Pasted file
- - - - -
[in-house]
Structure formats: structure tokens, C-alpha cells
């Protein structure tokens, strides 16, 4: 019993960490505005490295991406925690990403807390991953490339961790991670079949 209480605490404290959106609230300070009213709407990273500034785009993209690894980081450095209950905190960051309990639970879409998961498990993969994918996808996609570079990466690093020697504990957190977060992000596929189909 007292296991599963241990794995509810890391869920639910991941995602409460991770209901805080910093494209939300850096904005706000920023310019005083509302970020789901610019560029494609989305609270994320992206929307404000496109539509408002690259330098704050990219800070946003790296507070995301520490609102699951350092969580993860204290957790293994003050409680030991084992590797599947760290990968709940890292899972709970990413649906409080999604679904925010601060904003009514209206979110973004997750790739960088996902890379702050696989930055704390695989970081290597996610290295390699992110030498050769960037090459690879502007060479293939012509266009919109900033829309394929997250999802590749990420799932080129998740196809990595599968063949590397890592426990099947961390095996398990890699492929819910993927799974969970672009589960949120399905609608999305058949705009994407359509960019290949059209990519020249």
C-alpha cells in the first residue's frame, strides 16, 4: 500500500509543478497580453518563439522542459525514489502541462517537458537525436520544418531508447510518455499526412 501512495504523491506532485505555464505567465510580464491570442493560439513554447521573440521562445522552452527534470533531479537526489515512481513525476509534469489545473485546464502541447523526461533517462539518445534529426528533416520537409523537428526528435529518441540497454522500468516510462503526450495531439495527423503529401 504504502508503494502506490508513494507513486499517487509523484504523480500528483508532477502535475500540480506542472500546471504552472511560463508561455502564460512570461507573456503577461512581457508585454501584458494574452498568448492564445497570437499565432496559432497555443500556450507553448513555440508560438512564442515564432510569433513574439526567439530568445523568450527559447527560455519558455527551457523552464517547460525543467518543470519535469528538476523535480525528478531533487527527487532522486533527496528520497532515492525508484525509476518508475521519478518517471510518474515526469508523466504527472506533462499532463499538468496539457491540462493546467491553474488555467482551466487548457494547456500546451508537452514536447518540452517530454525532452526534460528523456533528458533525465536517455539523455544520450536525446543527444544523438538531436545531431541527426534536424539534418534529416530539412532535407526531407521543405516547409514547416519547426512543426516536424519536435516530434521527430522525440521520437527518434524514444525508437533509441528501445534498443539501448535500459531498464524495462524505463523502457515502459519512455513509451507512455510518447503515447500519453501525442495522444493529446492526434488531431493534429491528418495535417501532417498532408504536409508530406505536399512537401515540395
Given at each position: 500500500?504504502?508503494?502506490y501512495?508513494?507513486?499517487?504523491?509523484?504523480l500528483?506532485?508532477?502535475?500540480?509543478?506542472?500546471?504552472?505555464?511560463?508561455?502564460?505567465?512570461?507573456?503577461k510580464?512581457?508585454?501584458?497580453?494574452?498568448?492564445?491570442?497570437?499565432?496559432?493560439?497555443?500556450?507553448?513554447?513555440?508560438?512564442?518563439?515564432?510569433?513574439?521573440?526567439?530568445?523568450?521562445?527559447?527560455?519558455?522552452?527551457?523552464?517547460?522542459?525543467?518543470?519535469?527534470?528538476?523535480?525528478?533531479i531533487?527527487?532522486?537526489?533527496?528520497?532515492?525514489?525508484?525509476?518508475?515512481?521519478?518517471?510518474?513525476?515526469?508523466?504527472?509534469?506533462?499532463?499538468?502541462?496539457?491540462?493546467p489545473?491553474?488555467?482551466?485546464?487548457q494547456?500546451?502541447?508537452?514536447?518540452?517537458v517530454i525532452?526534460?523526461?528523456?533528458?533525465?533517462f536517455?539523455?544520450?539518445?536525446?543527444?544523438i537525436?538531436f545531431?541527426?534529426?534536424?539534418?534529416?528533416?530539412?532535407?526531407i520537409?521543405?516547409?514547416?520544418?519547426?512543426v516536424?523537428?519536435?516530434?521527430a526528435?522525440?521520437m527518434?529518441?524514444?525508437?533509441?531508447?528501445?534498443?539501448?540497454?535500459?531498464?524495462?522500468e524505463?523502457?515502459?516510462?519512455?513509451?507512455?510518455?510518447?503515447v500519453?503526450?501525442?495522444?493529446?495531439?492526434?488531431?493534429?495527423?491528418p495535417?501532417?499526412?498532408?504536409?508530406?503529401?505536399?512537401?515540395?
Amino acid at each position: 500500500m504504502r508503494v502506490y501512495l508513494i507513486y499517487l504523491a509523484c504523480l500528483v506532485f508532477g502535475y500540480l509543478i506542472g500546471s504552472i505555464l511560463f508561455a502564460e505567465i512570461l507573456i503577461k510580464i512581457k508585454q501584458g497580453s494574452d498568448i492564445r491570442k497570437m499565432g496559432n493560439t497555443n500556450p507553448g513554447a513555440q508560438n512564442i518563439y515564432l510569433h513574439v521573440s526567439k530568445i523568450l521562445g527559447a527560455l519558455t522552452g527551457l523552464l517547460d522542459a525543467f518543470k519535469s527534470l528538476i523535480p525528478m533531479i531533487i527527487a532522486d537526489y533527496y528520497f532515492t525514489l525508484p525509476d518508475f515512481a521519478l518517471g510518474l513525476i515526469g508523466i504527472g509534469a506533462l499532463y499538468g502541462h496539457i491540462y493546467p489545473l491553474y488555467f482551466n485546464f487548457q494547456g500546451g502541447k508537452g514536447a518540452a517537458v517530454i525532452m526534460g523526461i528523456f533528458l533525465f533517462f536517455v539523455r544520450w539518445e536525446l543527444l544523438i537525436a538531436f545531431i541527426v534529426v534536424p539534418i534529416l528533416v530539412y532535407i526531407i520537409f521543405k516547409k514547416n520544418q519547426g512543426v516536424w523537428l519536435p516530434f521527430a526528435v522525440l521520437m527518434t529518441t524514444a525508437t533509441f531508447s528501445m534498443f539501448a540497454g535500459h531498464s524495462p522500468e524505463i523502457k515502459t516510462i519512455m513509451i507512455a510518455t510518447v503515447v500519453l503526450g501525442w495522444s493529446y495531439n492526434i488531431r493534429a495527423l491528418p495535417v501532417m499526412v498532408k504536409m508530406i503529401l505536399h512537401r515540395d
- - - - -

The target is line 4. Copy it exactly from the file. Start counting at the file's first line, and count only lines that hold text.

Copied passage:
C-alpha cells in the first residue's frame, strides 16, 4: 500500500509543478497580453518563439522542459525514489502541462517537458537525436520544418531508447510518455499526412 501512495504523491506532485505555464505567465510580464491570442493560439513554447521573440521562445522552452527534470533531479537526489515512481513525476509534469489545473485546464502541447523526461533517462539518445534529426528533416520537409523537428526528435529518441540497454522500468516510462503526450495531439495527423503529401 504504502508503494502506490508513494507513486499517487509523484504523480500528483508532477502535475500540480506542472500546471504552472511560463508561455502564460512570461507573456503577461512581457508585454501584458494574452498568448492564445497570437499565432496559432497555443500556450507553448513555440508560438512564442515564432510569433513574439526567439530568445523568450527559447527560455519558455527551457523552464517547460525543467518543470519535469528538476523535480525528478531533487527527487532522486533527496528520497532515492525508484525509476518508475521519478518517471510518474515526469508523466504527472506533462499532463499538468496539457491540462493546467491553474488555467482551466487548457494547456500546451508537452514536447518540452517530454525532452526534460528523456533528458533525465536517455539523455544520450536525446543527444544523438538531436545531431541527426534536424539534418534529416530539412532535407526531407521543405516547409514547416519547426512543426516536424519536435516530434521527430522525440521520437527518434524514444525508437533509441528501445534498443539501448535500459531498464524495462524505463523502457515502459519512455513509451507512455510518447503515447500519453501525442495522444493529446492526434488531431493534429491528418495535417501532417498532408504536409508530406505536399512537401515540395